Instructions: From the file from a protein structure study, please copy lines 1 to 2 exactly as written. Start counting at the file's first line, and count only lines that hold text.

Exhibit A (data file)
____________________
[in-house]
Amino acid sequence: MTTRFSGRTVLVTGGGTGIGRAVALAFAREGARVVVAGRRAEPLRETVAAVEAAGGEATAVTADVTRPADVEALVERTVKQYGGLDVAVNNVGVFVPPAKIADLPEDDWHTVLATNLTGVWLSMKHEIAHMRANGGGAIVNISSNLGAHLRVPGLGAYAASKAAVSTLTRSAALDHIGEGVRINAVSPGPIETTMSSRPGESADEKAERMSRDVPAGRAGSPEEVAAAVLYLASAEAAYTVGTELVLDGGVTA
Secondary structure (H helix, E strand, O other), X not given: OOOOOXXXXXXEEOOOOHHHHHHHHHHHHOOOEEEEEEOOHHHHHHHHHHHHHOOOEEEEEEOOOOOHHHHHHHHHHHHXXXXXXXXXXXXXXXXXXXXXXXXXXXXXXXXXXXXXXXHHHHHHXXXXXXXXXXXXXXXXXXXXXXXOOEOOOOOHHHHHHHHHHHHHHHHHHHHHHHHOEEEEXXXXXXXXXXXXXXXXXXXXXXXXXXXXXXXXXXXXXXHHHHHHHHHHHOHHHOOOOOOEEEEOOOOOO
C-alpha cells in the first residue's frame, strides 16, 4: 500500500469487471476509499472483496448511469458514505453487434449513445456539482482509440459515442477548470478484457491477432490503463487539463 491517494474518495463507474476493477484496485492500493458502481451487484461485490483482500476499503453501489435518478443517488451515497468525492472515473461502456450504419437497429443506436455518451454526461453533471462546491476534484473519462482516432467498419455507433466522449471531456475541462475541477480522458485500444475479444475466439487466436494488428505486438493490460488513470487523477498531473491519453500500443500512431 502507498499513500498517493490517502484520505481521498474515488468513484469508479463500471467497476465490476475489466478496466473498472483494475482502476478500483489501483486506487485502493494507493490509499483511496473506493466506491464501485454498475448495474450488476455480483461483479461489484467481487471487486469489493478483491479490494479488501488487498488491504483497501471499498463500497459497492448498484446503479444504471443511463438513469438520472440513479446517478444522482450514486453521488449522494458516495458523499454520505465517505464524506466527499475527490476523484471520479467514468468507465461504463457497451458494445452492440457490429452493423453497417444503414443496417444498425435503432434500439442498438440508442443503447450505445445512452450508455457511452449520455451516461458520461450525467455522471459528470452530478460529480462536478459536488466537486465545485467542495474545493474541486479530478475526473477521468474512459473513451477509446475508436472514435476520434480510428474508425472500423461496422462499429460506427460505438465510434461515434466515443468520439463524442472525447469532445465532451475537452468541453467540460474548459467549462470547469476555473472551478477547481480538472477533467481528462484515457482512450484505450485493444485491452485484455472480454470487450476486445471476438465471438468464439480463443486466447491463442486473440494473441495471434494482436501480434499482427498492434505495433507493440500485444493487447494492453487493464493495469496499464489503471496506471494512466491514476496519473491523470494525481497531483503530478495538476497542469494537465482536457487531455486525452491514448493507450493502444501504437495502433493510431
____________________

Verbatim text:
[in-house]
Amino acid sequence: MTTRFSGRTVLVTGGGTGIGRAVALAFAREGARVVVAGRRAEPLRETVAAVEAAGGEATAVTADVTRPADVEALVERTVKQYGGLDVAVNNVGVFVPPAKIADLPEDDWHTVLATNLTGVWLSMKHEIAHMRANGGGAIVNISSNLGAHLRVPGLGAYAASKAAVSTLTRSAALDHIGEGVRINAVSPGPIETTMSSRPGESADEKAERMSRDVPAGRAGSPEEVAAAVLYLASAEAAYTVGTELVLDGGVTA